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How did Mussolini consolidate the power?

Fascist Italy 1922-1924 Important dates 1922: October: coalition cabinet led by Mussolini November: vote of confidence December: creation of Fascist Grand Council 1923: January: creation of Fascist Militia February: concessions to Pope July: Acerbo Law 1924: January: Italy gaines port of Fiume April: election: Fascists win 66% of vote 1922 In October 1922, in the face of the March on Rome, Mussolini was appointed a Prime Minister. He headed a coalition cabinet in which only four ministers (out of 12) were fascists. His first steps towards greater power were therefore quite limited and cautious. Fortunately for Mussolini, a power-increasing opportunity soon appeared. The threat of communists - which Mussolini smartly exaggerated in order to take advantage of it, put the king Victor Emmanuel III in difficult position. Choosing between Fascists and communists, the king opted for the first option. The Parliament passed vote of confidence which granted Mussolini with emergency power for one year. Together with the king giving him a dictatorial power to restore order and introduce reforms, it marked the beginning of Mussolinis way towards dictatorship and a single-party state. In order to support his newly-gained power, Mussolini created a Fascist Grand Council (an institution which held and applied great power to control the institutions of government). 1923 The next step in securing the power was creating a new militia: National State Voluntary Militia (MVSN) paid by the state and recruited from the Fascist squads. Any signs of opposition could be then quickly suppressed. Mussolini made also some concessions to the Church - understanding its great influence on Italy. Historians argue about the factual power of Mussolini of that time. Many are inclined to think that the Fascist Great Council and the MVSN were securing Mussolinis power inside the Fascist movement, rather than consolidating his power as a Prime Minister as it was still potentially uncertain the king could still dismiss Mussolini at any time and the Parliament consisted of the Fascist minority. Mussolini understood his weak position and found a solution for it: the Acerbo Law. In July 1923, in the presence of the Blackshirts (a fascist paramilitary group), the Parliament was forced to vote in favour of the proportional representation which in practice meant that any party which got most votes in general election would be given two-thirds of the seats in parliament. This idea was supported not only because of the presence of the Blackshirts. It appealed some Parlametarians as they perceived it as an end to the weak coalition governments that had been for so long weakening Italian position. 1924 The election of 1924 officially confirmed Fascist power. The opponents of Mussolini not able to find consent, weak and divided were not able to threaten Mussolinis growing support. The result of the election: 66% of vote to the Fascist Party meant a huge majority in the Parliament. The election,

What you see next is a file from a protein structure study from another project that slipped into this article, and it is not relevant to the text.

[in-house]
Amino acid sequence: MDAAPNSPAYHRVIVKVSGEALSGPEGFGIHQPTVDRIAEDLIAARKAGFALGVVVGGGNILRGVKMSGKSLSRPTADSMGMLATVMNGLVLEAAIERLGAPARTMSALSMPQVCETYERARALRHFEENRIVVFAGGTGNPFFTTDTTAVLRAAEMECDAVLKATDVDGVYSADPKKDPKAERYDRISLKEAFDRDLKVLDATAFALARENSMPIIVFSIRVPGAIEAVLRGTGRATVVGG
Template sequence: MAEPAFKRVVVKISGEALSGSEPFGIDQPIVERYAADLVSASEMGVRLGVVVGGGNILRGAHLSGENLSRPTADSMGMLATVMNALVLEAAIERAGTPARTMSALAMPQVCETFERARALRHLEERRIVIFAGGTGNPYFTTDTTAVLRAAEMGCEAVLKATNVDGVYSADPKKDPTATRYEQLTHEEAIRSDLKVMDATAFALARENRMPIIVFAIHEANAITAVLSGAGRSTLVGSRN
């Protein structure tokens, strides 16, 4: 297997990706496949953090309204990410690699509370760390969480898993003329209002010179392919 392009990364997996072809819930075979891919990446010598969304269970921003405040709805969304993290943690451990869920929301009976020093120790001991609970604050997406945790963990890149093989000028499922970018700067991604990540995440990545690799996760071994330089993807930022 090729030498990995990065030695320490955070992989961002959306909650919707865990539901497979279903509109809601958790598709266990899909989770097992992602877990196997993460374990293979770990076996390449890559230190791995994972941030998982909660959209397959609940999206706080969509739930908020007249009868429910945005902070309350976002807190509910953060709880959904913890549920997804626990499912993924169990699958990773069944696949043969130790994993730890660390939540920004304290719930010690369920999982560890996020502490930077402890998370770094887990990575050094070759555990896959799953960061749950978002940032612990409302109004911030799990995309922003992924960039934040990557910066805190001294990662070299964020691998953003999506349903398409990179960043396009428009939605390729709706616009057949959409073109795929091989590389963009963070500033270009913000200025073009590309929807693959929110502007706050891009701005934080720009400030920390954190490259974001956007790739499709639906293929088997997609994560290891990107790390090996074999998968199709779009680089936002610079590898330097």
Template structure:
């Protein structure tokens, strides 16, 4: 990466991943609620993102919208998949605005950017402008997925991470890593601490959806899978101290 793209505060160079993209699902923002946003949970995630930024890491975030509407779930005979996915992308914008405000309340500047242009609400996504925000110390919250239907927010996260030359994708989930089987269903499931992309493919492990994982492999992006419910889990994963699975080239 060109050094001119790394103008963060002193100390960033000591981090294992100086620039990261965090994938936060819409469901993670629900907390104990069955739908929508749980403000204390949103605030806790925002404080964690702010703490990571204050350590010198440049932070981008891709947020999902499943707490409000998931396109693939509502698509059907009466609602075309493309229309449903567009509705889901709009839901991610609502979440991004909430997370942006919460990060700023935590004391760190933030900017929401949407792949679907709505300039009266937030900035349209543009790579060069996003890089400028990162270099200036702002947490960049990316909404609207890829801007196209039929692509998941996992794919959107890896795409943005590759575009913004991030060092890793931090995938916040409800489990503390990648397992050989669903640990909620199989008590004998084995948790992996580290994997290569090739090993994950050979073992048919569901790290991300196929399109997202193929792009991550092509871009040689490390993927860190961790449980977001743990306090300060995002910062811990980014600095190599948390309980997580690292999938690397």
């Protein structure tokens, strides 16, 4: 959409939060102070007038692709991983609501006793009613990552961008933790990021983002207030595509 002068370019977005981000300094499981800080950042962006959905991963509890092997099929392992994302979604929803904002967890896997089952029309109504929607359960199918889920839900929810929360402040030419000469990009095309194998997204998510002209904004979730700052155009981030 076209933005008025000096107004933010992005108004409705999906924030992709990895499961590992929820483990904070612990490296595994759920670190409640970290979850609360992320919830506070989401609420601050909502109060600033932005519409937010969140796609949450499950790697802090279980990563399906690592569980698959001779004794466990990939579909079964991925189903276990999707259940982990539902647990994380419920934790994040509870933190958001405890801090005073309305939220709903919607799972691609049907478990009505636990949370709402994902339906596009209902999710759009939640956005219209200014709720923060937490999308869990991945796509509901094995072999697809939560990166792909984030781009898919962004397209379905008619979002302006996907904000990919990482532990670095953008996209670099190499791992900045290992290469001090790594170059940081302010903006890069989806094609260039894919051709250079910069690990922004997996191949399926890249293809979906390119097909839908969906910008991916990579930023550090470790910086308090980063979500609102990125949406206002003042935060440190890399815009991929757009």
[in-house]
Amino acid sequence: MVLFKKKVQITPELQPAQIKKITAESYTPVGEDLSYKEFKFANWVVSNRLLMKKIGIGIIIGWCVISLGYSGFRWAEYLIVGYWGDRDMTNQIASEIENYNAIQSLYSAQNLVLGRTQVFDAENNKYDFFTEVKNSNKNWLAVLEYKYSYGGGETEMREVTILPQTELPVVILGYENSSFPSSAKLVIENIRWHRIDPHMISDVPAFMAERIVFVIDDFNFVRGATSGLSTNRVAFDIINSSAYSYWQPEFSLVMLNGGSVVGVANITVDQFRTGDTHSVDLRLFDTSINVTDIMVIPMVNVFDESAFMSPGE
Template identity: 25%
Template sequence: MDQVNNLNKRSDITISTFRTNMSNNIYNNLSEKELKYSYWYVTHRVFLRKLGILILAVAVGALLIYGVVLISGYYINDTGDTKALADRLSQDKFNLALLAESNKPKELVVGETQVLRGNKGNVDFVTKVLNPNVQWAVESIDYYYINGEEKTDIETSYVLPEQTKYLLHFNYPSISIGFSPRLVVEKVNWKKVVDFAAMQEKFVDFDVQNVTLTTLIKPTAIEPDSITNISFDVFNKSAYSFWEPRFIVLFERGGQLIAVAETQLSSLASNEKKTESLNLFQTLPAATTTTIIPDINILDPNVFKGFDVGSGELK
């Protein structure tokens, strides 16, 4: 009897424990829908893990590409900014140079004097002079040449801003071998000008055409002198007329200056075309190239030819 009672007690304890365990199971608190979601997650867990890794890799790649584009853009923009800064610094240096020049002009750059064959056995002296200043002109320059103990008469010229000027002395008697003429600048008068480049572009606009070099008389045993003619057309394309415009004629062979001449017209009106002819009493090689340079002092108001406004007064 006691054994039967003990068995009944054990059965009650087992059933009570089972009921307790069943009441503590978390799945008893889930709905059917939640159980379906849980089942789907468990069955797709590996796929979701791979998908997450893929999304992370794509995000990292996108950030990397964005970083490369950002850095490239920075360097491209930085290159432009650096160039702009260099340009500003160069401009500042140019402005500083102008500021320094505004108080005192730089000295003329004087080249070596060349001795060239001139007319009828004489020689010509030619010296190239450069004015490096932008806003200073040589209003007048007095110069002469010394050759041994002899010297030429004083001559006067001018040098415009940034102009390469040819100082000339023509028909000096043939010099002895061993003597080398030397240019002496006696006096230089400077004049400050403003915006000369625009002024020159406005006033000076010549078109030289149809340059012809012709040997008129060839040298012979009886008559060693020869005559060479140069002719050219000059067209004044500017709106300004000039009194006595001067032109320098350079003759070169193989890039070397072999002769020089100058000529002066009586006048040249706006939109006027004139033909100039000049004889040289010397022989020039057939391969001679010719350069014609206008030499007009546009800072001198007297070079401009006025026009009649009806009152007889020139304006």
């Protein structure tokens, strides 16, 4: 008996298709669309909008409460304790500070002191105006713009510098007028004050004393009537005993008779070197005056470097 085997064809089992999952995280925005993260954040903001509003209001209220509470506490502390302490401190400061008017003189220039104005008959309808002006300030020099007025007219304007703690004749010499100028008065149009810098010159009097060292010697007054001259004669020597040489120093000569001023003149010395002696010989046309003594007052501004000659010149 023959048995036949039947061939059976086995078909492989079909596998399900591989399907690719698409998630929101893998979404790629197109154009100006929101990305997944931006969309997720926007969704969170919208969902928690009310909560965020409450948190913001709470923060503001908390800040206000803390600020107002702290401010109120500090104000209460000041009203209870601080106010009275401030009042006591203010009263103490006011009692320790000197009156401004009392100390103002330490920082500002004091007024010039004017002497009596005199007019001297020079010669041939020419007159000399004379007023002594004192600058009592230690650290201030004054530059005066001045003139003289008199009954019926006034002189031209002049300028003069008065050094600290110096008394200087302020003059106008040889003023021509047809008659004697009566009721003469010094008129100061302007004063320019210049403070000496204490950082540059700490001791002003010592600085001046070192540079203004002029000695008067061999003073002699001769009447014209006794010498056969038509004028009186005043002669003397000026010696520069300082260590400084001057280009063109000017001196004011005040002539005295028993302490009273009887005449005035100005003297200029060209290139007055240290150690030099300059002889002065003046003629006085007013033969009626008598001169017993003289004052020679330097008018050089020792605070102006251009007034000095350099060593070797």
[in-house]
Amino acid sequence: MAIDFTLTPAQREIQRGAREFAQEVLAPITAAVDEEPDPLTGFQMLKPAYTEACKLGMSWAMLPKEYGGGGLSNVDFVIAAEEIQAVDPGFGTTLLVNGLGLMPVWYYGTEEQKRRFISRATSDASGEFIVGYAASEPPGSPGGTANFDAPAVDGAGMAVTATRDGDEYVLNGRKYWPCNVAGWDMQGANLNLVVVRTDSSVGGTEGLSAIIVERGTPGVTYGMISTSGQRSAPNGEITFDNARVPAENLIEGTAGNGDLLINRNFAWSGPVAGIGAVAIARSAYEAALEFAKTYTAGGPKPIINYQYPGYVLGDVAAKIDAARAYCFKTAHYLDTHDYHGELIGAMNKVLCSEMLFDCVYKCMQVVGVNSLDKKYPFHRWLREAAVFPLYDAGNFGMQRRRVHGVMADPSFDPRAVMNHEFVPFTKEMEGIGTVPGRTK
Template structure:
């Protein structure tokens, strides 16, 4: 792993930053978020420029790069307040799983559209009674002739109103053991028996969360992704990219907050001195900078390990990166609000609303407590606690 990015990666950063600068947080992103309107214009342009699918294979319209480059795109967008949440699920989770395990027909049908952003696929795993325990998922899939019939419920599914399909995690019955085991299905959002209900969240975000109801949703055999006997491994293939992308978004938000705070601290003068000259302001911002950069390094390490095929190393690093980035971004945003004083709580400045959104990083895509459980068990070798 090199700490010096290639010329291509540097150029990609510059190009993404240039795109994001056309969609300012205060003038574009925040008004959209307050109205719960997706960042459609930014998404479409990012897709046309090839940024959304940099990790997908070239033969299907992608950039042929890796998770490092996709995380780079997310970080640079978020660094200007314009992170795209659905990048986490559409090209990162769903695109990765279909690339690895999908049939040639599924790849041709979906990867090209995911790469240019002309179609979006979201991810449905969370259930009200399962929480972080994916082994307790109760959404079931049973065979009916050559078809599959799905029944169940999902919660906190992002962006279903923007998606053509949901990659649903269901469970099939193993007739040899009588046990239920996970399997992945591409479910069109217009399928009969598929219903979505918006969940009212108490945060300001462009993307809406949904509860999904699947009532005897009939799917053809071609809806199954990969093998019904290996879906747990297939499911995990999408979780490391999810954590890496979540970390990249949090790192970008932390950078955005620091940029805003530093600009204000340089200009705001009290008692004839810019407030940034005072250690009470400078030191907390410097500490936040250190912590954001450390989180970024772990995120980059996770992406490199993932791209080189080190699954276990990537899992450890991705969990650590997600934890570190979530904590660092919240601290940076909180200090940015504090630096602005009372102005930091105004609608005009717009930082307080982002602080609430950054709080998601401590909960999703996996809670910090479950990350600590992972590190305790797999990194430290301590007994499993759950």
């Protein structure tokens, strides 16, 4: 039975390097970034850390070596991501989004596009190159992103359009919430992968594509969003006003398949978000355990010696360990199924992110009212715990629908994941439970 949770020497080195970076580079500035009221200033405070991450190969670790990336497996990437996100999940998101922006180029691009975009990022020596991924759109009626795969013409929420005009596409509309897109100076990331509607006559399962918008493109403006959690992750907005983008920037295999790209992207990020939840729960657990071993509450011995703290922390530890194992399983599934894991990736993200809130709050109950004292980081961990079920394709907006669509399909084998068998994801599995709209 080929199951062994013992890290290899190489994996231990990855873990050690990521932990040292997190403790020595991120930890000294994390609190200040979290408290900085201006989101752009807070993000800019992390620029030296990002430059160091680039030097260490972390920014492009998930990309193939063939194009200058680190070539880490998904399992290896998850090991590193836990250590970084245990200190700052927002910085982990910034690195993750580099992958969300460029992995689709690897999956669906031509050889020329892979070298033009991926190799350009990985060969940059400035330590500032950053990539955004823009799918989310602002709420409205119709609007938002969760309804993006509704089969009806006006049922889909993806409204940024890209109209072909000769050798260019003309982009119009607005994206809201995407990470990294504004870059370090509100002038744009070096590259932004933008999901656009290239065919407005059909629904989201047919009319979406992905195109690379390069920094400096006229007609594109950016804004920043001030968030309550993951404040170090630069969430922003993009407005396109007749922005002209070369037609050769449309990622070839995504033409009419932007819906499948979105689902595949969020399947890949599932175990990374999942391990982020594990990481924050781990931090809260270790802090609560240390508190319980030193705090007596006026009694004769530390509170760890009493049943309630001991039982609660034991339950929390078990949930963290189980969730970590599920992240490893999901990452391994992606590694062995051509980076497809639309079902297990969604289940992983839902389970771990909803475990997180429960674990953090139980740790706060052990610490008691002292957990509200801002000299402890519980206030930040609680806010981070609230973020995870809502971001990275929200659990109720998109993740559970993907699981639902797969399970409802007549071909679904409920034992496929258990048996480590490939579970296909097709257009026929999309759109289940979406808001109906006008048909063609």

although punctuated with the signs of forgery, e.g. multiple votes of the Fastist supporters, finally ended Mussolinis steps consolidating power. The efficient propaganda, censorship, banning opponent movements and meetings started the period of the dictatorship in Italy.